Baltimore City Public Schools filed counterclaims Tuesday accusing some charter school operators of failing to provide required services to students and maintain accurate records, according to a news release from the district.
Filed in the Circuit Court for Baltimore City, the counterclaims come after some charter schools sued the district last fall.
The lawsuit is rooted in the annual dispute between district and charter leaders over the money the district proposes to pay charters per student.
"This countersuit is a fourth attempt to avoid the issue at hand," said Will McKenna, executive director of Afya Baltimore Inc., a charter school operator. "We ask the school system to stop targeting us and start talking with us. We will hold good-faith negotiations with them any time and anywhere."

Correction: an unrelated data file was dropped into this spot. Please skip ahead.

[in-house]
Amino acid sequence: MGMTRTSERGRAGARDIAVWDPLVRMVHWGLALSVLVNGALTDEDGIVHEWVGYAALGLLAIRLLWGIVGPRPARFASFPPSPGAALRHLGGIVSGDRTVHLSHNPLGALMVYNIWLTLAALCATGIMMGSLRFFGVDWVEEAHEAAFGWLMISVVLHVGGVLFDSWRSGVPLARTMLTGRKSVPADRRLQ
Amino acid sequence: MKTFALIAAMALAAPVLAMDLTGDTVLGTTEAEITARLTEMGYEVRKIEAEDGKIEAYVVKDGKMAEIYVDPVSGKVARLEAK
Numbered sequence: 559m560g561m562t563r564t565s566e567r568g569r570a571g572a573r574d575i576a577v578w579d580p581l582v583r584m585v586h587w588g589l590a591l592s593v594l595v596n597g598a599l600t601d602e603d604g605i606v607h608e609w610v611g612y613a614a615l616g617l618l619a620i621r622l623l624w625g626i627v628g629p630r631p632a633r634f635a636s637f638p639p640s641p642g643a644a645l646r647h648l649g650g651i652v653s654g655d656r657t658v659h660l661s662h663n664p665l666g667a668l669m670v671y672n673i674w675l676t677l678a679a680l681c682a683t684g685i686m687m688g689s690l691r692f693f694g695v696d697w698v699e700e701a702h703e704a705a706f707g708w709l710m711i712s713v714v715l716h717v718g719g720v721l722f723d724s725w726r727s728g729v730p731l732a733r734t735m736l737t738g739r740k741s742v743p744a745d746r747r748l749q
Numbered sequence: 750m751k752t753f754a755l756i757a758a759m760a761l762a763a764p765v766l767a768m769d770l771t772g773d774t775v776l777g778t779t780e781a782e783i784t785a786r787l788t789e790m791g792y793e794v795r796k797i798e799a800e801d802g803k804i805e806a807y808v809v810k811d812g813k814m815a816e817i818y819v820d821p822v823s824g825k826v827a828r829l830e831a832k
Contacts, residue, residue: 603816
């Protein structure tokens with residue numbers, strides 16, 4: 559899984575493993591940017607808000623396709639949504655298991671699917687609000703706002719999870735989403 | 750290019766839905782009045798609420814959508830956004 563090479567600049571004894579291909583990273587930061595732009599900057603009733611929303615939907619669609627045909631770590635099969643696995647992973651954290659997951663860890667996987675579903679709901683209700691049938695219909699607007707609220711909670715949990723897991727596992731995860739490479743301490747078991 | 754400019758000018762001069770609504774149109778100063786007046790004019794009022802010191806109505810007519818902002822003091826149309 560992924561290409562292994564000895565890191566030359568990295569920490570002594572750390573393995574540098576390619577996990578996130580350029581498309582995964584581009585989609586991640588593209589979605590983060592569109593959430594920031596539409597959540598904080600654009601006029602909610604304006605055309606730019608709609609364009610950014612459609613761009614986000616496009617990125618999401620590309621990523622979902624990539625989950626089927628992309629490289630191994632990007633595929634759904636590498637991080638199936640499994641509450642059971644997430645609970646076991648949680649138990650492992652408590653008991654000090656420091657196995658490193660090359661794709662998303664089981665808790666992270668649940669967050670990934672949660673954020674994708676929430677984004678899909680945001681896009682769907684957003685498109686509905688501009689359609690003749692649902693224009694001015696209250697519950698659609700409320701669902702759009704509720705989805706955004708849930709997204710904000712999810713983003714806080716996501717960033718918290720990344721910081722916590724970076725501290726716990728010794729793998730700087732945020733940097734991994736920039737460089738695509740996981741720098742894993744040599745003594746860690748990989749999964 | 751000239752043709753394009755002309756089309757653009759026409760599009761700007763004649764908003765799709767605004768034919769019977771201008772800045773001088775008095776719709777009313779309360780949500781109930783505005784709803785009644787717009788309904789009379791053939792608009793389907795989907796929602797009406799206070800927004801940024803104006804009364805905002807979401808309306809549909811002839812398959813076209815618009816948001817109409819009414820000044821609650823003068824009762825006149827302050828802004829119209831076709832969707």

In the counterclaims, the district alleges the charter schools are required by contract but failed to provide services for disabled students, submit operating budgets, also keep timely attendance and financial records.
"The increased funding the charter operators are seeking would leave less for traditional schools," City schools CEO Gregory Thornton said in a statement. "We want to make clear that we have provided far more in services and other benefits to charter schools than is required by law, and that the charters have violated certain provisions of their contracts."